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Spellbound in Suburbia

Düsseldorf (Deutsche Oper am Rhein)
06/23/2024 -  & June 29, July 3, 6, 2024, January 23, 26, February 1, March 1, 16, April 5, 2025
Richard Wagner: Der fliegende Holländer
Michael Volle*/James Rutherford (Dutchman), Bogdan Talos*/Hans‑Peter König (Daland), Gabriela Scherer (Senta), David Fischer*/Andrés Sulbarán (Steersman), Jussi Myllys (Erik), Anna Harvey*/Katarzyna Kuncio (Mary)
Chor und Extrachor der Deutschen Oper am Rhein, Patrick Francis Chestnut (chorus master), Düsseldorfer Symphoniker, Axel Kober*/Christoph Gedschold/Harry Ogg (conductor)
Vasily Bakhatov (stage director), Zinovy Margolin (sets), Olga Shaishmelashvili (costumes), Alexander Sivaev (lighting & video), Alexander Sokolov (computer animated film design), Anna Grundmeier, Anna Melcher (dramaturgy)

M. Volle, G. Scherer (© Sandra Then)

Notable as Richard Wagner’s earliest success, Der fliegende Holländer was first performed in 1843, some time after other German Romantic operas such as Marschner’s Der Vampyr (1828) and Weber’s Der Freischütz (1821). All share a common thread in the supernatural, an important element of early Romanticism.

The story is based on Heinrich Heine’s retelling of the legend in his satirical novel Aus den Memoiren des Herren von Schnabelewopski (1831). It’s a variant of the legend of The Wandering Jew, a man cursed to wander the ocean on a damned ship, from which he may set foot ashore but once each seven years. He may only be freed from his curse if he finds a loyal woman who can truly love him. In his memoirs, Mein Leben (1870), Wagner claimed the inspiration came during a stormy crossing on the North Sea where he experienced the force of a severe storm. Indeed, the opera’s overture is possibly the best musical portrayal of the sea, alongside Debussy’s La Mer (1905).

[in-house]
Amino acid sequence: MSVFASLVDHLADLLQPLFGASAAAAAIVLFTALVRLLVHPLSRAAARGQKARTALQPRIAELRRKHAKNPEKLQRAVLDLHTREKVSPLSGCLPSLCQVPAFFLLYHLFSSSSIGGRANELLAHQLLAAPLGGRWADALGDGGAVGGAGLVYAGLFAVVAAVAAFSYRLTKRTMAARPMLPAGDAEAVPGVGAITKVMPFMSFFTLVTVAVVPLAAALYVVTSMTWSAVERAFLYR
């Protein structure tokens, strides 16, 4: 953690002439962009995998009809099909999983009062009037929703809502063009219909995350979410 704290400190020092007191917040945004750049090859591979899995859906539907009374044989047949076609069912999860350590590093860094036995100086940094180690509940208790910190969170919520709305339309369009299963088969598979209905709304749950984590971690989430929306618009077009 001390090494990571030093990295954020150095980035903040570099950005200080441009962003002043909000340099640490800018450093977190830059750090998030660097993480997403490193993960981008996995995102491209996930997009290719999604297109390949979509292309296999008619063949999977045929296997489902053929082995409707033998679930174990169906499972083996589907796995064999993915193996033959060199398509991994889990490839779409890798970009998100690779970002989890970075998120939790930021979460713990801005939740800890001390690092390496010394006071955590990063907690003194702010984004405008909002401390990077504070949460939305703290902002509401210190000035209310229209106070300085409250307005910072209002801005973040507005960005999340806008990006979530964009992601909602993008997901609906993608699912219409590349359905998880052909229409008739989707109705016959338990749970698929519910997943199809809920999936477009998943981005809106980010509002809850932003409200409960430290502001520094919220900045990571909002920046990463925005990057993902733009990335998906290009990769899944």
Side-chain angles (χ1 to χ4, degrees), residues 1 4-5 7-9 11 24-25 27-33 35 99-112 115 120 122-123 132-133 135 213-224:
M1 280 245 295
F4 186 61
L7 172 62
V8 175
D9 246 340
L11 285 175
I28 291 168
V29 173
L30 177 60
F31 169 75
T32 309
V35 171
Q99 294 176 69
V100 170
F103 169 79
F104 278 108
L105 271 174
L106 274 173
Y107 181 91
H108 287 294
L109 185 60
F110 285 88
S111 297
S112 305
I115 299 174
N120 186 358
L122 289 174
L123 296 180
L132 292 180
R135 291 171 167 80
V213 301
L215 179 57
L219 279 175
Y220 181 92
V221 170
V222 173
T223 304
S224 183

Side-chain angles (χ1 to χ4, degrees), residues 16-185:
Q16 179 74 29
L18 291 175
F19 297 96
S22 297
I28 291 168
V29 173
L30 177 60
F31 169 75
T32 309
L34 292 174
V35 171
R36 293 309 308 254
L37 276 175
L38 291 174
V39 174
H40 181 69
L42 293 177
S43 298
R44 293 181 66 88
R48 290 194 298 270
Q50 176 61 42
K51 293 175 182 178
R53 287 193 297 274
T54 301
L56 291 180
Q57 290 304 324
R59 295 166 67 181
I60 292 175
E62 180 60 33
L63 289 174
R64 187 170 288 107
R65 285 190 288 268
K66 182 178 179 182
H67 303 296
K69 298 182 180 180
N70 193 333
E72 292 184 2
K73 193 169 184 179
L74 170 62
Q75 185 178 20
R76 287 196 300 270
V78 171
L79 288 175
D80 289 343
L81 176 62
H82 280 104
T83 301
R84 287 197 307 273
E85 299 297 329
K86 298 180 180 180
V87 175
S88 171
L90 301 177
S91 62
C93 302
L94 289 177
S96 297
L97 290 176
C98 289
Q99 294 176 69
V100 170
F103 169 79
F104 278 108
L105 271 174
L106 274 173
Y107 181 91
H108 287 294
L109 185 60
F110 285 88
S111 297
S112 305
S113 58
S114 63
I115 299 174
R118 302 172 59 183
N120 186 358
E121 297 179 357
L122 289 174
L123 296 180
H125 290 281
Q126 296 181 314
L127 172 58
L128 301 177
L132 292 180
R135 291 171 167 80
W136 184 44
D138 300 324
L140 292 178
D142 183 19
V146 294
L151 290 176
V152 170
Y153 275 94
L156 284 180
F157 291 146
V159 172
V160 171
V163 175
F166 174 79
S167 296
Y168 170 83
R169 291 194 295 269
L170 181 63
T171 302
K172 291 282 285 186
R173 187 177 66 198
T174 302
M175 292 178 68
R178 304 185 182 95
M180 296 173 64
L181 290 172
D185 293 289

Deutsche Oper am Rhein offered the Düsseldorf public a stimulating revision of Der fliegende Holländer. Russian director Vasily Barkhatov retold the legend of spellbound Senta’s encounter with the Dutchman in a contemporary setting, yet remained faithful to Wagner’s fundamental creation.

Barkhatov’s staging makes one question what would make a young woman obsess about a legend so passionately that she would lose touch with reality. A few productions have hinted at the influence of Mary, the coastal village’s spinster, on Senta. These productions insinuate that Mary herself had once met the Dutchman but couldn’t commit to the doomed hero, condemned to err the oceans in search of a loyal woman. Barkhatov delves deeper by introducing the notion of a sensitive soul’s propensity to feel alienation from an uncongenial society.

Transported for this production to present day Norway, we encounter Senta as a child in a small town at the movies, seeing an adventure film called Der fliegende Holländer. Senta, her parents and a score of moviegoers attend the feature facing us, the public in the opera house. The projected film is seen reverso modo by the audience in Düsseldorf’s Deutsche Oper am Rhein.

Thanks to the extensive use of videography, Barkhatov is able to transport us to a terrifying place during the overture, and at later moments in the opera. We see a doomed ship, stuck in Arctic glaciers, reminiscent of Sir John Franklin’s 1845 expedition. Horrifying images of men shot to death, corpses thrown overboard, cutting frozen fish for nourishment, transactions with the natives, insinuations of possible cannibalism, and most of all, we feel the freezing cold. I can attest as a Canadian that it takes someone living in the extreme North, whether Scandinavia or Russia (like the director), to properly convey this numbing, relentless cold.